After 8 years in jail with no conviction, Emmanuel Fair is finally free. In 2008, Fair was named as the lead suspect in a murder case following a party that ended in the sexual assault and strangulation of a 24 year old Indian woman named Arpana Jinaga. Jinaga was one of several hosts of a Halloween party that took place between several apartments, including her own, in the Valley View Apartment complex located in Redmond City, Seattle. Following the murder, local authorities zeroed in on Fair due to him being the only Black man at the party, and his past criminal record. According to reporting by Rolling Stone “based on more than a thousand pages of case files and legal documents,” Fair was arrested in 2010, and was housed in the King County jail for eight years, seven months, and 14 days without ever being convicted of a crime.
“I’ve never seen a worse case,” says Corinne Sebren, one of Fair’s lawyers. “There’s very little justice left to salvage.”
But Fair is going after it all, suing everyone responsible for keeping him wrongfully imprisoned for so long. Fair filed a lawsuit against the county, the city of Redmond, and the Redmond Police Department. Fair also filed a lawsuit against Detective Coats, the lead detective on the case who after reviewing photos from the party and noticing that Fair was the only Black man present, said he looked like “an outsider” and seemed to have it out for him from the very beginning.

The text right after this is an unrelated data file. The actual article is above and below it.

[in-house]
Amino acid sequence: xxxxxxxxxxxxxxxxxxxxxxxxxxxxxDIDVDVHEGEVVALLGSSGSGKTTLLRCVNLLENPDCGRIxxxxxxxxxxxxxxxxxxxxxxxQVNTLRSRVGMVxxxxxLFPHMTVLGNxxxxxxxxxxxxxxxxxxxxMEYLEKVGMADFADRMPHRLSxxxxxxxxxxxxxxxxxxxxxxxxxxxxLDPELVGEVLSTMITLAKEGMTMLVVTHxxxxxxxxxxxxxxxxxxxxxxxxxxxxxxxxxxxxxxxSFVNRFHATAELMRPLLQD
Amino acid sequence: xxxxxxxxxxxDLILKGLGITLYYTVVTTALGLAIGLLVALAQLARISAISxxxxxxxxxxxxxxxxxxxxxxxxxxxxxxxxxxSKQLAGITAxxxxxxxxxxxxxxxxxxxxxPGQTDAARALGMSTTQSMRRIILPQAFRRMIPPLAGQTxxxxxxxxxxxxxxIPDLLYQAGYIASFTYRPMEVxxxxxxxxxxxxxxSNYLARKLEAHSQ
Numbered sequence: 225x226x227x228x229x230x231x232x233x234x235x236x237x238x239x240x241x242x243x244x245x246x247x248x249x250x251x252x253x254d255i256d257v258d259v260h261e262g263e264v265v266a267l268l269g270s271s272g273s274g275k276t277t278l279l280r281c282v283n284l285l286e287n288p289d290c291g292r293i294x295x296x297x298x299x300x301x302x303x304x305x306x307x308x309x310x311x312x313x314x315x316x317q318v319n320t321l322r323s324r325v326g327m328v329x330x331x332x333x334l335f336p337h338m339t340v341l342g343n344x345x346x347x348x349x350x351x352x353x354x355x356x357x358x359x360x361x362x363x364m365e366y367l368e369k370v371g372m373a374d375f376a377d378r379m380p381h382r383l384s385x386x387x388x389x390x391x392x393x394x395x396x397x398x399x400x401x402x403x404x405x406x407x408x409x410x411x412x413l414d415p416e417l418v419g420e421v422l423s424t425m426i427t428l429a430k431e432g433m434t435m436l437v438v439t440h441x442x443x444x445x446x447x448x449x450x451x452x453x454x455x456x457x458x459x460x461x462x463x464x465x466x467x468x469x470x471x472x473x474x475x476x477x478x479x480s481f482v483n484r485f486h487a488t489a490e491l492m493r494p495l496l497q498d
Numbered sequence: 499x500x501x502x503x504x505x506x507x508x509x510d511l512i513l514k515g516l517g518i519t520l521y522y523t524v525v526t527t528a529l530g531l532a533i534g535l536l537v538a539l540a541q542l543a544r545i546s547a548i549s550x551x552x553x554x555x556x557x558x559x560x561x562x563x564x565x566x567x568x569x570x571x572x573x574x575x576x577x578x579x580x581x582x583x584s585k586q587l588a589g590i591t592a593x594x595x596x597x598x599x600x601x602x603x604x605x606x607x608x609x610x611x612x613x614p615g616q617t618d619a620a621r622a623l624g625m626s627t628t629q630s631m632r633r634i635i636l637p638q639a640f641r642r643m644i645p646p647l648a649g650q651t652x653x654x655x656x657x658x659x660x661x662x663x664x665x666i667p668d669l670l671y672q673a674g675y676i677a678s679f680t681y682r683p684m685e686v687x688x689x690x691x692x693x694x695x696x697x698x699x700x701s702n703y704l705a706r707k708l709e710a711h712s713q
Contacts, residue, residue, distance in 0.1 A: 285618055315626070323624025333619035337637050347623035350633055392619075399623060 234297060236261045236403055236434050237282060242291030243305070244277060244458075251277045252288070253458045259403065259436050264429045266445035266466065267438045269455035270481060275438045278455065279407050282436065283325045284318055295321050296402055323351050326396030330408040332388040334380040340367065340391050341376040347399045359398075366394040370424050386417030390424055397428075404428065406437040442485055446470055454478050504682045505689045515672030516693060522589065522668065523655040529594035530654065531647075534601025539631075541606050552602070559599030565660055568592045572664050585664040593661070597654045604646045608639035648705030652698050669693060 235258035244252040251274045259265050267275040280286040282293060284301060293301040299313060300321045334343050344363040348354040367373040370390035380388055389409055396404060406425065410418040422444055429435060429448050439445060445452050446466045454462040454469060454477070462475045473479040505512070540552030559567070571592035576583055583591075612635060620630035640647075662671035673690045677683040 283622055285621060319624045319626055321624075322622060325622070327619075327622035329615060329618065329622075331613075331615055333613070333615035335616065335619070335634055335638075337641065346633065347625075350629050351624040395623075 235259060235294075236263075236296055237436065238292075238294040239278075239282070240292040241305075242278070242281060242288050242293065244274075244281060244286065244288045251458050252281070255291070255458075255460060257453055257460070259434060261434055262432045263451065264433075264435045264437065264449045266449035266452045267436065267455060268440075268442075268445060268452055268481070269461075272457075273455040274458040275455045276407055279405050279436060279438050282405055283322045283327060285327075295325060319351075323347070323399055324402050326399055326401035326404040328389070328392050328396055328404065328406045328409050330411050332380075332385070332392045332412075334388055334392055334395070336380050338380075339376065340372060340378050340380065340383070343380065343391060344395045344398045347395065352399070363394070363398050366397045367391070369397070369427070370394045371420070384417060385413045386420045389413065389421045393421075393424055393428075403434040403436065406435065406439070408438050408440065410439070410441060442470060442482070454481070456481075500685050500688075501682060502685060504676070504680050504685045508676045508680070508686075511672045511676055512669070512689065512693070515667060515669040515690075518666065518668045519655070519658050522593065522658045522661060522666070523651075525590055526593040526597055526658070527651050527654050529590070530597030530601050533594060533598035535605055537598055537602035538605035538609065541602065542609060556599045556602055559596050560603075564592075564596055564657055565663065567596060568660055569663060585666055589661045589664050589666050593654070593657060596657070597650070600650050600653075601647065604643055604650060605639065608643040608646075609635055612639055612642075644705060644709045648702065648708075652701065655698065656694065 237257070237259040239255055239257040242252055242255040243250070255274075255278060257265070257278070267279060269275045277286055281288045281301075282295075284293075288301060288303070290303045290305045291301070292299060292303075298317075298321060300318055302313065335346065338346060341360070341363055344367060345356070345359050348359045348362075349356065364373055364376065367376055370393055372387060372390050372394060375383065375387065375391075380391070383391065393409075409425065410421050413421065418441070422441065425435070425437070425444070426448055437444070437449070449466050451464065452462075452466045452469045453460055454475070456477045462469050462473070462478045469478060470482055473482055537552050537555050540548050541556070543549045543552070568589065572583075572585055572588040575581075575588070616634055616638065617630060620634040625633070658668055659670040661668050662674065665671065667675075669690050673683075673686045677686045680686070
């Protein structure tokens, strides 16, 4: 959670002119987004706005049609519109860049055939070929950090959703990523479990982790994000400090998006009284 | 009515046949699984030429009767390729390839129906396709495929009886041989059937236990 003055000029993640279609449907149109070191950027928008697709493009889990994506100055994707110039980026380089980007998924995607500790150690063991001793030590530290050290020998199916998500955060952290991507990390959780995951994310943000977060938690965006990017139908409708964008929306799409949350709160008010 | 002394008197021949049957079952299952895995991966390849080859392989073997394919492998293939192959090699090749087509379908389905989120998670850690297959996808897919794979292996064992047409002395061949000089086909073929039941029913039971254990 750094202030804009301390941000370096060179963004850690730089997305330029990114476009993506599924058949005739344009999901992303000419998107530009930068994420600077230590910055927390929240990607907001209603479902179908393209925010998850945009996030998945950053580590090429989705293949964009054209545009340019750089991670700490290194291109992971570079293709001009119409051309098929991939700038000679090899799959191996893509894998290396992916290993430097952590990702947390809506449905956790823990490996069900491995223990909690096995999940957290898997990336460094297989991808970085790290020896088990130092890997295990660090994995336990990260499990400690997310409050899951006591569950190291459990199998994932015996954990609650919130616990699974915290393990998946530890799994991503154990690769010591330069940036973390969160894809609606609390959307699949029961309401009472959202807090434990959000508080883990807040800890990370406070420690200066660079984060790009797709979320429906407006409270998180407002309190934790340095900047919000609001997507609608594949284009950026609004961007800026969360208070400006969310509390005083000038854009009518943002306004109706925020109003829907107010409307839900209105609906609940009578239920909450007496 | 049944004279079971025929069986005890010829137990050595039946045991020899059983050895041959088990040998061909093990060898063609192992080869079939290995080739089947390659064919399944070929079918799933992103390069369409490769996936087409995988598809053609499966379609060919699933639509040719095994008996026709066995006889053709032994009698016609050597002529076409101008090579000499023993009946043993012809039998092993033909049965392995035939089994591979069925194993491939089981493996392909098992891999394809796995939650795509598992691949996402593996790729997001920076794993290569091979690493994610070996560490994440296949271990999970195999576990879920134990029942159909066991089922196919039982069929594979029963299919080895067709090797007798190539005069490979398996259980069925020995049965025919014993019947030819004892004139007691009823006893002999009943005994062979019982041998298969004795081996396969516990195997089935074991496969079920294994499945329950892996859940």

Fair’s lawsuit claims the detectives on the case “ignored and failed to gather evidence that did not align with their theory of the case,” and almost nine years later, he was released.
This past week, his legal team also filed a new complaint. The suit contends that if Fair had not been a Black man, he would have never ended up in jail, and certainly not for the length of time he was imprisoned. According to Rolling Stone, the investigation was described as being, “so badly handled it can only be characterized as bizarre.”
From racial discrimination to insufficent evidence, to calling in a psychic medium, Fair was wrapped in a circus that kept him locked up for years, robbing him of his youth and a chance to be a thriving member of his community and society at large. Now at 38, Fair is attempting to start life anew, and lives in his aunt and uncle’s home Seattle’s Central District.
He now faces the same issues most Black men face once released, whether or not their arrest and imprisonment was just; difficulty finding employment, housing, and financial instability.
“I’m out,” Fair says, “but I’m not free.”